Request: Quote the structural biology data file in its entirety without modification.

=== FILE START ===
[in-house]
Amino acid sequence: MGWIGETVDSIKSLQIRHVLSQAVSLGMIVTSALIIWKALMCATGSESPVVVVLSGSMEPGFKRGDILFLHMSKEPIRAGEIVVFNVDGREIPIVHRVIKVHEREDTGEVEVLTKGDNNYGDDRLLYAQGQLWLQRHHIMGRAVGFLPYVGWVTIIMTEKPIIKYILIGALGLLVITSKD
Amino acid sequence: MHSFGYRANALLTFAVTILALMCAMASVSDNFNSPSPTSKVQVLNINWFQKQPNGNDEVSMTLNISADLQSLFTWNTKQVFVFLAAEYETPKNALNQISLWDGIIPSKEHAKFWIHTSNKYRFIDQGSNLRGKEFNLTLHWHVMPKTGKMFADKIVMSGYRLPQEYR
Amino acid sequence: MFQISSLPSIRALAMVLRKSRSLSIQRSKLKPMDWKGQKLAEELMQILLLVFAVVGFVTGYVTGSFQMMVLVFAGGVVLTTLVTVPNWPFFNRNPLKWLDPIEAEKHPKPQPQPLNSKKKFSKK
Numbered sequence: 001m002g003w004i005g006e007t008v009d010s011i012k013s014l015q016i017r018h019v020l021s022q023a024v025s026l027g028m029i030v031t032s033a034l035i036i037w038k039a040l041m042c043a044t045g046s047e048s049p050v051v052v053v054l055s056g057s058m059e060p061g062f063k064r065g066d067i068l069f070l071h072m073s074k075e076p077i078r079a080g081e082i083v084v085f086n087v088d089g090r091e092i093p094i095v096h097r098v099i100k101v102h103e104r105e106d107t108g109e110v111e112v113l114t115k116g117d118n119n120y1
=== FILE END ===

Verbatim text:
[in-house]
Amino acid sequence: MGWIGETVDSIKSLQIRHVLSQAVSLGMIVTSALIIWKALMCATGSESPVVVVLSGSMEPGFKRGDILFLHMSKEPIRAGEIVVFNVDGREIPIVHRVIKVHEREDTGEVEVLTKGDNNYGDDRLLYAQGQLWLQRHHIMGRAVGFLPYVGWVTIIMTEKPIIKYILIGALGLLVITSKD
Amino acid sequence: MHSFGYRANALLTFAVTILALMCAMASVSDNFNSPSPTSKVQVLNINWFQKQPNGNDEVSMTLNISADLQSLFTWNTKQVFVFLAAEYETPKNALNQISLWDGIIPSKEHAKFWIHTSNKYRFIDQGSNLRGKEFNLTLHWHVMPKTGKMFADKIVMSGYRLPQEYR
Amino acid sequence: MFQISSLPSIRALAMVLRKSRSLSIQRSKLKPMDWKGQKLAEELMQILLLVFAVVGFVTGYVTGSFQMMVLVFAGGVVLTTLVTVPNWPFFNRNPLKWLDPIEAEKHPKPQPQPLNSKKKFSKK
Numbered sequence: 001m002g003w004i005g006e007t008v009d010s011i012k013s014l015q016i017r018h019v020l021s022q023a024v025s026l027g028m029i030v031t032s033a034l035i036i037w038k039a040l041m042c043a044t045g046s047e048s049p050v051v052v053v054l055s056g057s058m059e060p061g062f063k064r065g066d067i068l069f070l071h072m073s074k075e076p077i078r079a080g081e082i083v084v085f086n087v088d089g090r091e092i093p094i095v096h097r098v099i100k101v102h103e104r105e106d107t108g109e110v111e112v113l114t115k116g117d118n119n120y1